Too old for HPV vaccine — am I at risk?

Originally Published: August 29, 2008 - Last Updated / Reviewed On: March 7, 2014
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Dear Alice,

I am 28 years old, and became sexually active two years ago. My husband is the only man I've ever had sex with, and I am his only sexual partner as well. Where does the gene or whatever it is that the HPV vaccine helps guard against come from? Because I'm too old to get the vaccine, are my chances of getting cervical cancer from this particular gene increased then? Thank you for your help.

Dear Reader,

First, to clear up some confusion: although the likelihood of getting some types of cancer may be passed down through genes, cervical cancer is not one of them. Instead, most cases of cervical cancer are caused by different strains, or types, of a virus known as the human papillomavirus (HPV). The vaccines protect against the most common strains of HPV, two of which are associated with cervical cancer (HPV itself is not a form of cancer, it is a virus). Second, being over the recommended age for receiving the vaccine does not mean you are necessarily at increased risk of getting cervical cancer; read on to find out why.

HPV does not come from a gene, nor does it affect any genes that you pass on. Rather, transmission of the HPV virus most often occurs via skin-to-skin contact during sexual activity. HPV is a common viral infection, however many infected people never have any symptoms and the virus often clears from the system on its own. In some people, HPV will cause symptoms, which can include genital warts (for men and women) or lesions on the cervix (for women). It is these lesions that sometimes lead to cervical cancer.

Both of the available vaccines protect uninfected people against types 16 and 18 of the HPV virus, which have been shown to cause about 70 percent of cervical cancer cases. One of the vaccines also protects against types 6 and 11, the two strains most commonly associated with genital warts. While the vaccines provide protection against HPV to uninfected people, it is not a cure for people who already have been infected with these strains.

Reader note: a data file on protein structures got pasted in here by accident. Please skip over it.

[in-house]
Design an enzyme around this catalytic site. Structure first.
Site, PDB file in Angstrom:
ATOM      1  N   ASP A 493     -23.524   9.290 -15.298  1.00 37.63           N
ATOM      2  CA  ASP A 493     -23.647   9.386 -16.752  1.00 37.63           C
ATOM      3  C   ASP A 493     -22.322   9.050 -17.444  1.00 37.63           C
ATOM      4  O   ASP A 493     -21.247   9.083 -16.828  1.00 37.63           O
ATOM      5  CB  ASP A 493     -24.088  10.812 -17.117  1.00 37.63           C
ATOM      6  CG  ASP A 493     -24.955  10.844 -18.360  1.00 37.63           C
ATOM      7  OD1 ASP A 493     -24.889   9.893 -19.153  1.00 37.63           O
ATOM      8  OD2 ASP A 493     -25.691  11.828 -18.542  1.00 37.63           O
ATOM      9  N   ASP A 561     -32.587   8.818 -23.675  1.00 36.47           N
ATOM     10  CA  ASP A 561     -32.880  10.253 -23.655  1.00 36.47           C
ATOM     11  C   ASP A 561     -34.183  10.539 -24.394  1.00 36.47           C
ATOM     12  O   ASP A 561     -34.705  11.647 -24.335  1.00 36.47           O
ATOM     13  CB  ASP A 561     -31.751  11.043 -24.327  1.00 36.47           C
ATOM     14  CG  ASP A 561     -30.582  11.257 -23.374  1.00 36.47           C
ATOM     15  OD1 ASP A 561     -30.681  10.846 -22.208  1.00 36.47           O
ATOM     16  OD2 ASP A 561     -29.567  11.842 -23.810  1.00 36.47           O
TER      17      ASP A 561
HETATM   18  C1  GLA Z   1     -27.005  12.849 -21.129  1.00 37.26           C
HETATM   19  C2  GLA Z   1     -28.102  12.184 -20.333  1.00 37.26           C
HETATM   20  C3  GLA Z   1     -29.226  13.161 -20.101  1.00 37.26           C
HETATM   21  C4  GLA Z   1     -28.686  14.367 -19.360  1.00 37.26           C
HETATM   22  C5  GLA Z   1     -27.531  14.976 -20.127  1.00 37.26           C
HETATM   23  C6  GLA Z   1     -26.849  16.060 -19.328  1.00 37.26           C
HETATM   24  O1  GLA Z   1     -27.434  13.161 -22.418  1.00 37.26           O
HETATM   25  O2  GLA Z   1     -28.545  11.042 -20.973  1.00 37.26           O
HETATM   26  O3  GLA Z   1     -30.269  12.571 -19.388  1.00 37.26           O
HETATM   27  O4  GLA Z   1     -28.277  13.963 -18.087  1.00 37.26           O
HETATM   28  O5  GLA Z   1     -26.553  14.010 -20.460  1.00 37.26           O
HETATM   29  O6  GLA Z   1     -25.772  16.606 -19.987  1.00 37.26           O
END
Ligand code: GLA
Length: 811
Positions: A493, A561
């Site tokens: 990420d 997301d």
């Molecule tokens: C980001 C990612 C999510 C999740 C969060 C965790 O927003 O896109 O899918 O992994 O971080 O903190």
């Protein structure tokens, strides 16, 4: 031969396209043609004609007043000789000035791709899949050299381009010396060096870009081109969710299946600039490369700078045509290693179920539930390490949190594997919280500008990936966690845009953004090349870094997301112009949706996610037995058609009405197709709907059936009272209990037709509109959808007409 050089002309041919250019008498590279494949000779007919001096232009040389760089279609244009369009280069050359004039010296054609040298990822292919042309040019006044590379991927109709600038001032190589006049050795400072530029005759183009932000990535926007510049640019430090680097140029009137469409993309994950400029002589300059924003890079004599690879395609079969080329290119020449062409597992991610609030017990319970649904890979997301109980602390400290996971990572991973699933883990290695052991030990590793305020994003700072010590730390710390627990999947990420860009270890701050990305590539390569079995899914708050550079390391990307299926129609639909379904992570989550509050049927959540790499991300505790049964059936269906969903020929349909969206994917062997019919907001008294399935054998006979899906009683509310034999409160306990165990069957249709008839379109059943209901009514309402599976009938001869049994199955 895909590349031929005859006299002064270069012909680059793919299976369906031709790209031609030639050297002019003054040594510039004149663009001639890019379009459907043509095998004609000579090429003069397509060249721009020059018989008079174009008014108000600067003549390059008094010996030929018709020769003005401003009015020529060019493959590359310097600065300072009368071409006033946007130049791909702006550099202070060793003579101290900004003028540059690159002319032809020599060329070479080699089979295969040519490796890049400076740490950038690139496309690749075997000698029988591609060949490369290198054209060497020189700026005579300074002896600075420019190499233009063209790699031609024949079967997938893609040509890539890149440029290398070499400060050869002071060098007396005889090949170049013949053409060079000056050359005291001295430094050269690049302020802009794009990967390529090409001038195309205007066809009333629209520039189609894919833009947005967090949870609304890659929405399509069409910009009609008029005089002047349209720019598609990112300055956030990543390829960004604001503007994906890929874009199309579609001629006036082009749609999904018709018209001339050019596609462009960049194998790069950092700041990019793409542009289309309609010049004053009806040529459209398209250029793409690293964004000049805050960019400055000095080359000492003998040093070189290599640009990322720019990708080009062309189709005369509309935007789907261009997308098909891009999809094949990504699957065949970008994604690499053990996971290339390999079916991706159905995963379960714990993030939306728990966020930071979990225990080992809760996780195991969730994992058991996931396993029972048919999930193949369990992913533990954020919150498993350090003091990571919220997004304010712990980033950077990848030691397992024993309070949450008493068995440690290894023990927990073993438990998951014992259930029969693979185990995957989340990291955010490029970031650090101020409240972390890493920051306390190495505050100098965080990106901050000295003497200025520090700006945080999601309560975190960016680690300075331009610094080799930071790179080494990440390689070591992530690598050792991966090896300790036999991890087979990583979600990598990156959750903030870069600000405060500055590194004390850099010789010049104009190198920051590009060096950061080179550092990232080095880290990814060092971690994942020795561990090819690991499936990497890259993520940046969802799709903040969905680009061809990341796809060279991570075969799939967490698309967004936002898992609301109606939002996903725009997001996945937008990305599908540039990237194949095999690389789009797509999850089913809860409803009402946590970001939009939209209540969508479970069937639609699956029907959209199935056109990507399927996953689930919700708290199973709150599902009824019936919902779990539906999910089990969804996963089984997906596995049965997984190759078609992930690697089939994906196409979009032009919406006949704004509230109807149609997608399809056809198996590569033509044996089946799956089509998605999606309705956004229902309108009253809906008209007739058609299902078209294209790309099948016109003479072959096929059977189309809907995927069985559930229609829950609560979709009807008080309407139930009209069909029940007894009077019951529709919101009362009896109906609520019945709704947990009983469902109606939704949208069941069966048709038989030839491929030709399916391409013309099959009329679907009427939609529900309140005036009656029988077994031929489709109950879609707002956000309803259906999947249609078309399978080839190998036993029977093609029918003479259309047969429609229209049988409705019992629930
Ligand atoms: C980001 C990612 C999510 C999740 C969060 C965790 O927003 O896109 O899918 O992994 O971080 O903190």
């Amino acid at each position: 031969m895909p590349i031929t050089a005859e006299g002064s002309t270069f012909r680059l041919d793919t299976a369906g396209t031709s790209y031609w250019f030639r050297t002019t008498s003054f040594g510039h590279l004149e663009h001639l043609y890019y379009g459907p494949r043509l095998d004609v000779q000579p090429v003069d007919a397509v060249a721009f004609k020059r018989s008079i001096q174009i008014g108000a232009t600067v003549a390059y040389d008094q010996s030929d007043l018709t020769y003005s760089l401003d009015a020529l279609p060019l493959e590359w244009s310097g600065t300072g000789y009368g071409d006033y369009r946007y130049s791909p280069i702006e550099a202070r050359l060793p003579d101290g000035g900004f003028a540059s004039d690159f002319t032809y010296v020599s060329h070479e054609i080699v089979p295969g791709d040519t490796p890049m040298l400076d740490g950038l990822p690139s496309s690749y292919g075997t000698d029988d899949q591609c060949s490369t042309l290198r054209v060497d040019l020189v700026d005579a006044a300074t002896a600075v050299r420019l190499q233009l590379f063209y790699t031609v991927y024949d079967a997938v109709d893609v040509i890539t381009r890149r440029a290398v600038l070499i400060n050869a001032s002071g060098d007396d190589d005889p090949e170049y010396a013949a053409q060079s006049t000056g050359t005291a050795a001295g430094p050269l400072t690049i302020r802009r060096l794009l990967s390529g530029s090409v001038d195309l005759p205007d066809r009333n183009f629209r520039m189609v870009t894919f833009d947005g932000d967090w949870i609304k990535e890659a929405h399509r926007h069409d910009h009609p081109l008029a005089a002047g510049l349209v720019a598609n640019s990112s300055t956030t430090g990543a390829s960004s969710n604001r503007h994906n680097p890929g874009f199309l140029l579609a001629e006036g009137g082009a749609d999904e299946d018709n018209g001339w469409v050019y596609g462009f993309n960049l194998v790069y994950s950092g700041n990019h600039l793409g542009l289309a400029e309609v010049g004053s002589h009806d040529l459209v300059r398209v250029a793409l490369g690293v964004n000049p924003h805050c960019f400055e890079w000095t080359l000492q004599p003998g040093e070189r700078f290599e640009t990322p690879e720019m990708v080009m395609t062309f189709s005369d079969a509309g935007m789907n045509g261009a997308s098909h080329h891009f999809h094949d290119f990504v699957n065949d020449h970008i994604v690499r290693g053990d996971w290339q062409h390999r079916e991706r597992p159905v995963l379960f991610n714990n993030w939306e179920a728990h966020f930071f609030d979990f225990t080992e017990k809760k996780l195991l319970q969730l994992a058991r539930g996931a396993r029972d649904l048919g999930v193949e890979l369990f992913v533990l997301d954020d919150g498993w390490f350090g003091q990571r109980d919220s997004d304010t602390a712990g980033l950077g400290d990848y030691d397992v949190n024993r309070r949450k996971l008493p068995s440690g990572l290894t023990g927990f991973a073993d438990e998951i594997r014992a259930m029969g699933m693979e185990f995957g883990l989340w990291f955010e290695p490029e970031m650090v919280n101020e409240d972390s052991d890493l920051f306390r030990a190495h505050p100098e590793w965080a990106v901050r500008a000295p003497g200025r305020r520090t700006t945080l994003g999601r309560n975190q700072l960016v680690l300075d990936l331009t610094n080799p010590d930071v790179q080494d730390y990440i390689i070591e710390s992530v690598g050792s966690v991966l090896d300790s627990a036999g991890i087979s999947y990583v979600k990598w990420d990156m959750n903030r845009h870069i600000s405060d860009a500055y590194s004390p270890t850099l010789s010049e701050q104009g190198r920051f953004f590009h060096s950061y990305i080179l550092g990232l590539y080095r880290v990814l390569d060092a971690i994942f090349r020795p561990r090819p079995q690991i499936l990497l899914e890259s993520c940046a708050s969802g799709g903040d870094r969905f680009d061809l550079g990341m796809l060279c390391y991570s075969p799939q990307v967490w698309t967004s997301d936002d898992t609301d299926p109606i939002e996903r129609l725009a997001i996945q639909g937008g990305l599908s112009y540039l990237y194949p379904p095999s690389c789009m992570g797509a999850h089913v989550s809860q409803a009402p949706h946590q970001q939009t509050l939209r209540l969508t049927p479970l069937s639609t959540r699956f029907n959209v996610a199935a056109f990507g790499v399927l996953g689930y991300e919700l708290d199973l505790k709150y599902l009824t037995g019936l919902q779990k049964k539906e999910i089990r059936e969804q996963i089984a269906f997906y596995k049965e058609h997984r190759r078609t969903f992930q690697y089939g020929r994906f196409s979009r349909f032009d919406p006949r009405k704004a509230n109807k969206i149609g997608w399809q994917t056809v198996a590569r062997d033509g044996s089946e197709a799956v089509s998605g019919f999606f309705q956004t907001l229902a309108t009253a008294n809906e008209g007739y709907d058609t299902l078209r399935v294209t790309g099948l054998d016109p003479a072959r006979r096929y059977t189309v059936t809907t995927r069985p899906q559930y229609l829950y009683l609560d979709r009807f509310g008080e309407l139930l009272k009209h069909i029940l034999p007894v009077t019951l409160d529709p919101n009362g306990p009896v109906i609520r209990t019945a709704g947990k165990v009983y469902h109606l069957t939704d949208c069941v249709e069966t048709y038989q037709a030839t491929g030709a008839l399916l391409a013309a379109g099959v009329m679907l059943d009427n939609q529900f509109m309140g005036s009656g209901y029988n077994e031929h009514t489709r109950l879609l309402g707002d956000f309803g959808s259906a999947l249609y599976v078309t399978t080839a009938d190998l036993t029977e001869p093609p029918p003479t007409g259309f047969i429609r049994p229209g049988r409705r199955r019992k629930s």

Being too old to receive the HPV vaccine does not mean that you are more likely to get HPV. In fact, age may be an asset; the vaccine was approved first for younger people (ages 9 to 26) primarily because younger people have a higher risk of being infected with HPV. This increased risk may be due to the immaturity of younger women's cervical cells, which can be more susceptible to HPV infection.

Risk factors that can make someone more likely to contract HPV include:

  • having had many sexual partners,
  • early sexual activity (having sex before the age of 18),
  • having other sexually transmitted infections (STIs),
  • a weakened immune system, and
  • being a regular cigarette smoker.

Vaccinated or not, having regular Pap smears, a simple test of cells from a woman's cervix, is a good way to find any cervical abnormalities before they become dangerous. Women should have an initial Pap smear within three years of having sex or at age 21, and can then discuss with their health care providers about how often to have subsequent exams. There is not an equivalent HPV screening test for men; if men are concerned about HPV or genital warts, they can speak with a health care provider for more information about risk and transmission. Columbia students who are interested can discuss the vaccine with a health care provider by making an appointment Medical Services (Morningside) or the Student Health Service (CUMC).

Even if you are at low risk for getting cervical cancer, you may want to consult with your health care provider about whether the vaccine or other prevention measures are right for you. The vaccine is a great option for some women; however, it is not the only way to protect yourself from HPV. Having regular pap smears, limiting the number of sexual partners, and practicing safer sex can all go a long way in steering clear of HPV, and the warts and/or cervical lesions that may result.  

Alice